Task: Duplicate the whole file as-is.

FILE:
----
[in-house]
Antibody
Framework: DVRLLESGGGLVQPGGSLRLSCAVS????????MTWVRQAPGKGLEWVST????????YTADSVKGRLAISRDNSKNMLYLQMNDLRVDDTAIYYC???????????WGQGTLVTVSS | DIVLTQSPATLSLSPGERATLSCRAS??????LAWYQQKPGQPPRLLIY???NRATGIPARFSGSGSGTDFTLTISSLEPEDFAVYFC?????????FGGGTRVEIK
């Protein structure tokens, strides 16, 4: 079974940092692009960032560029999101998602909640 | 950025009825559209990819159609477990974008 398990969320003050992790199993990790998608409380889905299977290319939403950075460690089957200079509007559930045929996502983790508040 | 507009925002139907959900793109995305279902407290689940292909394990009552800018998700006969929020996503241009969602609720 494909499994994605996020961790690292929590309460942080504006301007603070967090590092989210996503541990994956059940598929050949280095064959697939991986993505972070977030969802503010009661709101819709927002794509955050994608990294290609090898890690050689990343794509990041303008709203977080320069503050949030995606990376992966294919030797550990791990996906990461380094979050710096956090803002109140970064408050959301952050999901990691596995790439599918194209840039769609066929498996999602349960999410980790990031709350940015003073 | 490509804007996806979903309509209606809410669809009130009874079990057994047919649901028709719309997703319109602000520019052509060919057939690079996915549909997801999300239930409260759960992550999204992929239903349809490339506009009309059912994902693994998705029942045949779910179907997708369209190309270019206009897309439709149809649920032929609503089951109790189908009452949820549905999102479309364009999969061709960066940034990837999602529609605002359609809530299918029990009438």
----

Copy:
[in-house]
Antibody
Framework: DVRLLESGGGLVQPGGSLRLSCAVS????????MTWVRQAPGKGLEWVST????????YTADSVKGRLAISRDNSKNMLYLQMNDLRVDDTAIYYC???????????WGQGTLVTVSS | DIVLTQSPATLSLSPGERATLSCRAS??????LAWYQQKPGQPPRLLIY???NRATGIPARFSGSGSGTDFTLTISSLEPEDFAVYFC?????????FGGGTRVEIK
């Protein structure tokens, strides 16, 4: 079974940092692009960032560029999101998602909640 | 950025009825559209990819159609477990974008 398990969320003050992790199993990790998608409380889905299977290319939403950075460690089957200079509007559930045929996502983790508040 | 507009925002139907959900793109995305279902407290689940292909394990009552800018998700006969929020996503241009969602609720 494909499994994605996020961790690292929590309460942080504006301007603070967090590092989210996503541990994956059940598929050949280095064959697939991986993505972070977030969802503010009661709101819709927002794509955050994608990294290609090898890690050689990343794509990041303008709203977080320069503050949030995606990376992966294919030797550990791990996906990461380094979050710096956090803002109140970064408050959301952050999901990691596995790439599918194209840039769609066929498996999602349960999410980790990031709350940015003073 | 490509804007996806979903309509209606809410669809009130009874079990057994047919649901028709719309997703319109602000520019052509060919057939690079996915549909997801999300239930409260759960992550999204992929239903349809490339506009009309059912994902693994998705029942045949779910179907997708369209190309270019206009897309439709149809649920032929609503089951109790189908009452949820549905999102479309364009999969061709960066940034990837999602529609605002359609809530299918029990009438």